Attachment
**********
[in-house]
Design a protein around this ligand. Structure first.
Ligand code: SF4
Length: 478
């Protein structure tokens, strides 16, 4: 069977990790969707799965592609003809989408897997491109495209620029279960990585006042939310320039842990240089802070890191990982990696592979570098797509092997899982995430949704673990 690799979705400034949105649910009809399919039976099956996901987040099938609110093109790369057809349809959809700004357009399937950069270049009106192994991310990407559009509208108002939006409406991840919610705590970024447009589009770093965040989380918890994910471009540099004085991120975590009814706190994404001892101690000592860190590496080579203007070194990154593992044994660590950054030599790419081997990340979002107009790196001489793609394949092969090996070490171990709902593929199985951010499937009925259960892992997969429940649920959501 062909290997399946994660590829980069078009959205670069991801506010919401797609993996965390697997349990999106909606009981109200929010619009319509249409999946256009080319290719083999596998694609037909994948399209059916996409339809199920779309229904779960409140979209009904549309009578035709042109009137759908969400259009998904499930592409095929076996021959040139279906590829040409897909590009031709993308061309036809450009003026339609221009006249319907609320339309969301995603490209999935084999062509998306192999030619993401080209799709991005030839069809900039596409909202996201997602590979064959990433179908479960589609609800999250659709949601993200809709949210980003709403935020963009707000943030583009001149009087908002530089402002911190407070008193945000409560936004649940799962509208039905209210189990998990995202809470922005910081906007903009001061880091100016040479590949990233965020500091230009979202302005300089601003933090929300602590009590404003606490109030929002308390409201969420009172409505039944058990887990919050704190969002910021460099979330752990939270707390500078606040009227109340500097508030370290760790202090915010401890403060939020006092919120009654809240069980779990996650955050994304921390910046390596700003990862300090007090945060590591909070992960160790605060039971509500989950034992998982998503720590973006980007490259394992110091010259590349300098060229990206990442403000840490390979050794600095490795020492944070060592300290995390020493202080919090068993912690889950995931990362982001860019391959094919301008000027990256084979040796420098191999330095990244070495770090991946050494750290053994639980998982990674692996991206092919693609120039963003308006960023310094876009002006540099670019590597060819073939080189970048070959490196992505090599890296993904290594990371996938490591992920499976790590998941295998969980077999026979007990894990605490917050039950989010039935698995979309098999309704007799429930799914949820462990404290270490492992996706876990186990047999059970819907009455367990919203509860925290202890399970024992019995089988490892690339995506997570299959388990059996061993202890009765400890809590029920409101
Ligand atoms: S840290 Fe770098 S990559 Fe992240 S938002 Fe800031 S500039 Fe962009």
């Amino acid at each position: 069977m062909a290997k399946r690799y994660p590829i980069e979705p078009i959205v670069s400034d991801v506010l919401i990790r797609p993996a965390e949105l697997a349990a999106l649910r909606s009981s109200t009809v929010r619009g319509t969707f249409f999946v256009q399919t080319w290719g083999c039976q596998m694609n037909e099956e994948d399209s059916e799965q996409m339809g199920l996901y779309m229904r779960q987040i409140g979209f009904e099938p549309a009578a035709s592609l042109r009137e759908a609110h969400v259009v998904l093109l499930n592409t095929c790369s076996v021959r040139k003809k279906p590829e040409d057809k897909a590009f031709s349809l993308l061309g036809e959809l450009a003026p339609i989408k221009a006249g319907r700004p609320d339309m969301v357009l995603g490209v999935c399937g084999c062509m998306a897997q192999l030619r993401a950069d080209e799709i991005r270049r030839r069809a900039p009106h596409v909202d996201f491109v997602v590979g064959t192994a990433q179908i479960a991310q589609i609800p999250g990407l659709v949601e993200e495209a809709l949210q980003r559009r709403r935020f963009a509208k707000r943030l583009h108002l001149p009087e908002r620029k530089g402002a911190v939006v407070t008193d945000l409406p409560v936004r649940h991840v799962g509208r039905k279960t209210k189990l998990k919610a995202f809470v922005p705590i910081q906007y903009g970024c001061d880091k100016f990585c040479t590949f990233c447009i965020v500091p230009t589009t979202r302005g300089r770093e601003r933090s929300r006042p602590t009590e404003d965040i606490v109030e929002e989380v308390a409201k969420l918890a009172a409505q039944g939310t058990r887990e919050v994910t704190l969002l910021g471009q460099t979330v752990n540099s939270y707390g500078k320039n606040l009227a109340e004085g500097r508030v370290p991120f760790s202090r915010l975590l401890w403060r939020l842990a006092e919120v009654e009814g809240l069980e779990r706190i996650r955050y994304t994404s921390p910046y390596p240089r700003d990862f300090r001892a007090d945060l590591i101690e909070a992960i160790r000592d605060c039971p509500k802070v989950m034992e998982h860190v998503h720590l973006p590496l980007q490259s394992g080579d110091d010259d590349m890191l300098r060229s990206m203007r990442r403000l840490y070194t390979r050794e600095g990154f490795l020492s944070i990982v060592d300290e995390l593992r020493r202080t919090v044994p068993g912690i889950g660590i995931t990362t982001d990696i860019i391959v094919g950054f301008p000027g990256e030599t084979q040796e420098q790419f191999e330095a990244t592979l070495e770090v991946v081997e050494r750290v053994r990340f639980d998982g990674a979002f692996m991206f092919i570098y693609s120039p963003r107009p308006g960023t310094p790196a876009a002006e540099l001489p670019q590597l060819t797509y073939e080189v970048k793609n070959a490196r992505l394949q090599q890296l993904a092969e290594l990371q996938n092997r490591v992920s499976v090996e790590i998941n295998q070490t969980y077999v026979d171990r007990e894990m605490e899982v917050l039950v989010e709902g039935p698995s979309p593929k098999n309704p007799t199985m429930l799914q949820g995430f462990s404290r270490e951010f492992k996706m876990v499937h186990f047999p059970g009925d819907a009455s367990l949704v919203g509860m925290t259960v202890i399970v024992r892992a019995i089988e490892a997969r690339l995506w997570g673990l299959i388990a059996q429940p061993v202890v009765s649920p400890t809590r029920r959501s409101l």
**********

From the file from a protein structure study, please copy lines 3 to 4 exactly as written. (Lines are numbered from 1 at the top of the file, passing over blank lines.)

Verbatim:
Ligand code: SF4
Length: 478